Perhaps the most significant effect of the Reagan policies, critics say, has been to bolster IBM's virtual stranglehold on users of mainframe computers, where it holds over two-thirds of both domestic and foreign markets. These large processors, ranging up to $2 to $3 million each, last year provided IBM with nearly 25 percent of its revenue and roughly half its over $6 billion in earnings. This mainframe dominance gives Armonk a critical advantage in selling customers a growing family of peripheral products such as disc-drives, terminals and workstations.

Critics maintain that without the threat of antitrust actions, IBM seems freer to engage in such tactics as the "bundling" of various hardware, software and service products.

Last year, for example, Bill Cross was shopping for a new mainframe for Seminole Electric Co., a small Tampa utility company. Cross, the company's director of information systems and a long-time IBM customer, decided to look at a mainframe made by National Advanced Systems (NAS), a joint venture between National Semiconductor and Japan's Hitachi Ltd.

Cross says that it soon became clear to him that, once faced with the possibility of losing a sale, the IBM representative wasn't about to stick only to such fundamentals as price and performance. "The IBM guy indicated to us that if we went to another vendor, our level of support for our existing IBM equipment would not be as good," recalls Cross.

Although fearful that any reduction in mainframe service could hurt his company, Cross refused to be intimidated, purchased the NAS system at what he claimed was a 20 percent cost saving, and says that IBM ultimately did not carry out its threat. Resistance to such tactics, however, is exceptional, according to industry insiders, who claim such threats can affect even the largest and most powerful corporations.

IBM officials scoff at such assertions. "Regarding Seminole, this is the first time we have heard of this," an IBM spokesman said. "We have had no complaint from the customer. It's our practice not to discuss customer relationships."

IBM vice president and chief legal counsel Nicholas deB. Katzenbach even steadfastly insists that the Reagan administration's dropping of the antitrust case did not produce major changes in the way IBM does business -- a notion that struck former IBM sales executive and computer industry newsletter publisher Bob Djurjevic "like looking up at the sun and calling it the moon."

Rather than reflecting a change in the regulatory climate, IBMers such as Katzenbach credit the company's recent successes solely to the excellence of their technology, marketing, and manufacturing operations. To him, the widespread complaints about the company's aggressive marketing smack of sour grapes.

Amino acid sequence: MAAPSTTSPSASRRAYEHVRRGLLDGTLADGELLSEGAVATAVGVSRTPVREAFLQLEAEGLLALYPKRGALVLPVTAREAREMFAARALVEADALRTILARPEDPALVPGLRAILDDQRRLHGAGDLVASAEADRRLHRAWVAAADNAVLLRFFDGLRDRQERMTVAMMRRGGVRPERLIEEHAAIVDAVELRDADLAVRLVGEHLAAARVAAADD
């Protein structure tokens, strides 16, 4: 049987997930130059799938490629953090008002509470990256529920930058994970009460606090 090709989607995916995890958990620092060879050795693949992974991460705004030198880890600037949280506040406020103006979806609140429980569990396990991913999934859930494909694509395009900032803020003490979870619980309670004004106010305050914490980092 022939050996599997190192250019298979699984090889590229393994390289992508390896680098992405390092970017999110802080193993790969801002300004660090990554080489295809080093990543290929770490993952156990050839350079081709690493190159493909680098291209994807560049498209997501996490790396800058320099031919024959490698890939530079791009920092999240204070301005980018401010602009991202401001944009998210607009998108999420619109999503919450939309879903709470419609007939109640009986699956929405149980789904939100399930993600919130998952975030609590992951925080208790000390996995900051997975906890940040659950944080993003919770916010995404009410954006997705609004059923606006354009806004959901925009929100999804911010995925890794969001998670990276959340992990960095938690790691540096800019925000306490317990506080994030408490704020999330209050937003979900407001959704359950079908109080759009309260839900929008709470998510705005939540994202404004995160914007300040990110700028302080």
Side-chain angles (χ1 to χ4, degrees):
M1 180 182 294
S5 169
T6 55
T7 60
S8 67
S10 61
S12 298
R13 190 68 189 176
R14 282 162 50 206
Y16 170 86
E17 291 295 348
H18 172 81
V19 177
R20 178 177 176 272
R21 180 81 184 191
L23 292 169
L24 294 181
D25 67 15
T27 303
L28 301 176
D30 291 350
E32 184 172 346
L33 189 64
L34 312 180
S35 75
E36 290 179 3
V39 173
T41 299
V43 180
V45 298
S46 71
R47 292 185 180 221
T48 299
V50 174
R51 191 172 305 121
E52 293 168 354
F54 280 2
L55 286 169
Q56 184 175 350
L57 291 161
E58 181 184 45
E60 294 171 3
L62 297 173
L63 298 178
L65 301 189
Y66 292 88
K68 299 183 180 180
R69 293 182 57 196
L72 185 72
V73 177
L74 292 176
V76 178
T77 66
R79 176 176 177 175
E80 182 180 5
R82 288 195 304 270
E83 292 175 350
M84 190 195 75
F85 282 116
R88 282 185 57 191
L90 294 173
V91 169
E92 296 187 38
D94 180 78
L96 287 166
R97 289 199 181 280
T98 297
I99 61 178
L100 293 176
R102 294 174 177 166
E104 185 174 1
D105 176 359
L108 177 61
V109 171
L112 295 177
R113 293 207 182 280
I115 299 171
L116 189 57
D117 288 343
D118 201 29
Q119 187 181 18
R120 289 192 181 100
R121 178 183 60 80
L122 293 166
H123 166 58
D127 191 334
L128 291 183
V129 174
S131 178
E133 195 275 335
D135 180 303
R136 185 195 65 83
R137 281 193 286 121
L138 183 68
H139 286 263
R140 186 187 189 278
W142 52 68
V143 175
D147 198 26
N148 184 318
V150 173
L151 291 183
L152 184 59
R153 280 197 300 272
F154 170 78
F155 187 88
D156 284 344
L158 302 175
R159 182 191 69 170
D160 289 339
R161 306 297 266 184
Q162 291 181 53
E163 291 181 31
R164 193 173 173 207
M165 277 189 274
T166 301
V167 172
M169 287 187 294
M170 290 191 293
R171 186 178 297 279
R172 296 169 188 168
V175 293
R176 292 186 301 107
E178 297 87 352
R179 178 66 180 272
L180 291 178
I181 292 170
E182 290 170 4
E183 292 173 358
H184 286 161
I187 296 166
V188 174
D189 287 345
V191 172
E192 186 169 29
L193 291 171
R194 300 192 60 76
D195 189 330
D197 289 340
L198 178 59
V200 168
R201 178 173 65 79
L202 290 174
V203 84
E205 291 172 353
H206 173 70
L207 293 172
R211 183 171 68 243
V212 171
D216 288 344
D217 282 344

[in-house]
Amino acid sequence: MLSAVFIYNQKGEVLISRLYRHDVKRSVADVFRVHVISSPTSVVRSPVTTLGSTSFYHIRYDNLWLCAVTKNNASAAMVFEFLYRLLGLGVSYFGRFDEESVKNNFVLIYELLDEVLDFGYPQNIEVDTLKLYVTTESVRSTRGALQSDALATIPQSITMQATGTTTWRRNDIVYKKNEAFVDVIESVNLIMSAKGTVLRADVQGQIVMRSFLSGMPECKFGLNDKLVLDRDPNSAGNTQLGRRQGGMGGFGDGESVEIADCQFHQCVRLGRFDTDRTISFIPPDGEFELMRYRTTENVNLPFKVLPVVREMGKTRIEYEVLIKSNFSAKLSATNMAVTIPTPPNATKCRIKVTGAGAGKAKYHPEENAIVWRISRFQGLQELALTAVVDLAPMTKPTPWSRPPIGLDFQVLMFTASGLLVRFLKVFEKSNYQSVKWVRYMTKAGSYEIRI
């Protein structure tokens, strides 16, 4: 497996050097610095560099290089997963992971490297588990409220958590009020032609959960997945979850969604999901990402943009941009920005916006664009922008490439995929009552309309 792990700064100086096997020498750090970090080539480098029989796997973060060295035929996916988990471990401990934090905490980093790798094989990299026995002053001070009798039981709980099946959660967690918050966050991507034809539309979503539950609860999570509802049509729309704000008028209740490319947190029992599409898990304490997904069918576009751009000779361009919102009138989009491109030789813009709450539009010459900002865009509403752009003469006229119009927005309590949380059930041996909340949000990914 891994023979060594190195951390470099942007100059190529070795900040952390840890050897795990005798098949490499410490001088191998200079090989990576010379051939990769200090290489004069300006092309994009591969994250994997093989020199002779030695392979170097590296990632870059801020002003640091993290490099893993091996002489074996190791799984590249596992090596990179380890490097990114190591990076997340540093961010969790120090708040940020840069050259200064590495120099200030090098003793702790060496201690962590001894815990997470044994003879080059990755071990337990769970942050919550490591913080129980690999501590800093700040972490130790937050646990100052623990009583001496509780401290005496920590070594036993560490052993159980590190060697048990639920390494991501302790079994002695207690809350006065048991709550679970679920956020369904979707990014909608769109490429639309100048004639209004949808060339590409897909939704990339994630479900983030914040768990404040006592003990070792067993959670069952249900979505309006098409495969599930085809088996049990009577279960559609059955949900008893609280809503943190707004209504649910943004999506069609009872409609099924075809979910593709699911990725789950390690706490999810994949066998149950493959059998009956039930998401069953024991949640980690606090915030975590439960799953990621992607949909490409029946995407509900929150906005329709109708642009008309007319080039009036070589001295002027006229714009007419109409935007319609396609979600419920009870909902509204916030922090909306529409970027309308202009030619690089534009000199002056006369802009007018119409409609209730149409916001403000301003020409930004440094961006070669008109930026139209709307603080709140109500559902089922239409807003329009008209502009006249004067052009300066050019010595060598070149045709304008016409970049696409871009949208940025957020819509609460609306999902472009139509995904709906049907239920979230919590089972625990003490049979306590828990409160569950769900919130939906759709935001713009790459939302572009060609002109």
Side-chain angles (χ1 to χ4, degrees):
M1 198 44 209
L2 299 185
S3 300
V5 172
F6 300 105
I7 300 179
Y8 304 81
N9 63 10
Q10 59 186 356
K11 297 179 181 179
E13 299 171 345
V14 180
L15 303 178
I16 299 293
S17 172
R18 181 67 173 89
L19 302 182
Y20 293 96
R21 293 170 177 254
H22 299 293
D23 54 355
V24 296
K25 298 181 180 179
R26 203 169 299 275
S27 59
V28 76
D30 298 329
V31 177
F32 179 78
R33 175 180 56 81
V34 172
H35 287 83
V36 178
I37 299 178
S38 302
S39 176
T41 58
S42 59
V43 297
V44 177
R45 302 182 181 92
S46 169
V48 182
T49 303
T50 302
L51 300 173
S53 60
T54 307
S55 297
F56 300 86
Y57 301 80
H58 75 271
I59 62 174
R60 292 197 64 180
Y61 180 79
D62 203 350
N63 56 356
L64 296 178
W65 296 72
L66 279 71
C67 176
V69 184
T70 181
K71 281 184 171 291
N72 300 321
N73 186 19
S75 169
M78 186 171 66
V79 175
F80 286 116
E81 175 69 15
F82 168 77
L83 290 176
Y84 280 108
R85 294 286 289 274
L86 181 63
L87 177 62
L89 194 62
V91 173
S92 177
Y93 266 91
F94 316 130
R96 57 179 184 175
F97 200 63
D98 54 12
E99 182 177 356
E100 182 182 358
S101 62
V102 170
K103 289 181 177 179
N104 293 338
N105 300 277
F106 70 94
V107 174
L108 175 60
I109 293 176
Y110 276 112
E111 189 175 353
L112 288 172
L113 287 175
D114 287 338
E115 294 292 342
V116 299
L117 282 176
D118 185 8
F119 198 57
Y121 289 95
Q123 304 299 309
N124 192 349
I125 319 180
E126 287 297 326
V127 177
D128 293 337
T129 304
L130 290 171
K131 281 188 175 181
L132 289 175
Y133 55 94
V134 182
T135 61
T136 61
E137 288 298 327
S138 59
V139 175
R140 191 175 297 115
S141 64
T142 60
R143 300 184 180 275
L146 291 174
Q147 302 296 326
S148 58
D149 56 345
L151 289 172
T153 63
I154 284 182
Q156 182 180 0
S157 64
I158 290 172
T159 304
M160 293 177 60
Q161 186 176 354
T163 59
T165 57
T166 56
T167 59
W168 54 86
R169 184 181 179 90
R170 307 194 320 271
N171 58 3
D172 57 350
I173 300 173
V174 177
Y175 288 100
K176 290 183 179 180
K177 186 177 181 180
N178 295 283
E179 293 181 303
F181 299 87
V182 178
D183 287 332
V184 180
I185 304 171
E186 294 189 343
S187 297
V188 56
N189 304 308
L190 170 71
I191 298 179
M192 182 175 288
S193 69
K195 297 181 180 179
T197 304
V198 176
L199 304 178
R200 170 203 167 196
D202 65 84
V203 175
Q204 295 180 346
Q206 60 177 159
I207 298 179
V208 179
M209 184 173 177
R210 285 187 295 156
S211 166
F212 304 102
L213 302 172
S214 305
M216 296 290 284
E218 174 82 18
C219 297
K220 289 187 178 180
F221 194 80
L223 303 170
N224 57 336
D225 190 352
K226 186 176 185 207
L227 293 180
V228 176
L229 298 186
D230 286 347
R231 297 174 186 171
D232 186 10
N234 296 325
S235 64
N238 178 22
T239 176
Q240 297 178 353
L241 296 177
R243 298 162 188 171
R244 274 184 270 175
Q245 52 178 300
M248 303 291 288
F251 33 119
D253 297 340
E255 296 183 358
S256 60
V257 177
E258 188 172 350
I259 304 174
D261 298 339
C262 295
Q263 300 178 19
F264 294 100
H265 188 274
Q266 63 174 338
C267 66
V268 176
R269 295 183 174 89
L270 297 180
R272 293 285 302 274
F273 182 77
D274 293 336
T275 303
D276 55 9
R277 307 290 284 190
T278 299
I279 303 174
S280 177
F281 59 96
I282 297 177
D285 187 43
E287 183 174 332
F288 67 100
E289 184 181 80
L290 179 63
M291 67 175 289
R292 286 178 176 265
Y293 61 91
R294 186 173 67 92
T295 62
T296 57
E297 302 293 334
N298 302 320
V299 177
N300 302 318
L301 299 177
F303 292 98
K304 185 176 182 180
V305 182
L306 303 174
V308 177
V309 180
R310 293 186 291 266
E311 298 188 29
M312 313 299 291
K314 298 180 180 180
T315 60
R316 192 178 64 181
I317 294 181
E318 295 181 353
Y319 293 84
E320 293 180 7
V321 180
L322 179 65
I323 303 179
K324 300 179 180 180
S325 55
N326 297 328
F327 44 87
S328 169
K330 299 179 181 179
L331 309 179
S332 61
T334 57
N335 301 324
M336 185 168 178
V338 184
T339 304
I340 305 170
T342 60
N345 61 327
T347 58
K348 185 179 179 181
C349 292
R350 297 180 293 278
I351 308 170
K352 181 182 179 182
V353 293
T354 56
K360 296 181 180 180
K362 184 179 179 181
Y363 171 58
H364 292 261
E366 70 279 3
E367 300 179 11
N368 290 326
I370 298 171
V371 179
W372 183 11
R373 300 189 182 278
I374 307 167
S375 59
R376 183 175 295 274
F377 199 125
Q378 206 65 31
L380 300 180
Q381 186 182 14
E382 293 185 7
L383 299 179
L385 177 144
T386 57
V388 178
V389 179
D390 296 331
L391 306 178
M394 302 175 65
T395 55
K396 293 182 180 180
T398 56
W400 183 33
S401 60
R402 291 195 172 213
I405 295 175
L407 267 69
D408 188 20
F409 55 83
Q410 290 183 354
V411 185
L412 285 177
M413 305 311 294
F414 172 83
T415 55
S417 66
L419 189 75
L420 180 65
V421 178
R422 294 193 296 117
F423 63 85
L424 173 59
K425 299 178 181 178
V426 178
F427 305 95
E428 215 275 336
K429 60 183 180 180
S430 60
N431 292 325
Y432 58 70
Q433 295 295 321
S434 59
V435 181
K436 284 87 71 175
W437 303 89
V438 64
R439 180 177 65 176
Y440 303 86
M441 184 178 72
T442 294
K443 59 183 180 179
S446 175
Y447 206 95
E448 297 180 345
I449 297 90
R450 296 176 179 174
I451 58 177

"If you were a CEO in this industry and you really blew it, would you be more likely to blame it on some competitor? And if you're going to blame it on some competitor, who would you like to blame it on?" asks Katzenbach, who served as U.S. attorney general during the Johnson administration. "How many CEOs have you ever heard say, 'Jesus, I really blew it and that's why the company's not doing well'?"

As seen from Armonk, IBM's aggressive expansion reflects a thoroughly respectable attempt by the corporation to grow at the same rate as the computer industry as a whole. This is something that eluded the company throughout the '70s, although IBM has been matching the 15 percent per year average growth rate of the industry in more recent years. Its sales topped $46 billion last year.

In addition, they point out that products such as the IBM PC have created enormous opportunities for scores of entrepreneurial firms in software, peripherals and even compatible computers. "There are many companies, small in size, that got venture capital support because they played in the computer industry somehow," reasons Jack D. Kuehler, senior vice president in charge of IBM's worldwide manufacturing operations. "Did IBM have any hand in the growth and success of the computer industry? If that answer is yes, then IBM's existence and what they've done in the computer industry had beneficial effect on that company's existence."

Yet many of those entrepreneurs blessed by IBM's "beneficial effect" now stand among Armonk's bitterest critics. IBM, for instance, has in just three years overwhelmed the market for personal computers -- an industry spawned in the basements of Silicon Valley.

Once highly touted start-ups such as Osborne Computers, Victor Technologies and Gavilan Computers have greatly disappointed the once-high hopes of their investors, deflating market enthusiasm for many other such new ventures. Such start-ups have declined by as much as 50 percent in the past year in Silicon Valley.

IBM bitterly resents the notion that it is responsible for this decline, saying it can hardly be held accountable for every problem associated with high-risk start-ups.

Yet, "You're a lot less likely to bring out a product that would go into competition with IBM," notes L.J. Sevin, who is also a general partner at Dallas-based Sevin-Rosen Management, one of the nation's most respected venture capital firms. "It's part of the checklist both for venture capitalists and major corporations. Is IBM in this field? What are the interests of IBM in this market? The effect on entrepreneurs has been devastating."

IBM orders may have played a major role in the rapid growth of such microcomputer disc-drive makers as Tandon, Seagate, Miniscribe and California Memories, Inc. but, observes Jim Porter, editor of industry newsletter Disc/Trend, IBM has at times turned out to be a fickle benefactor indeed.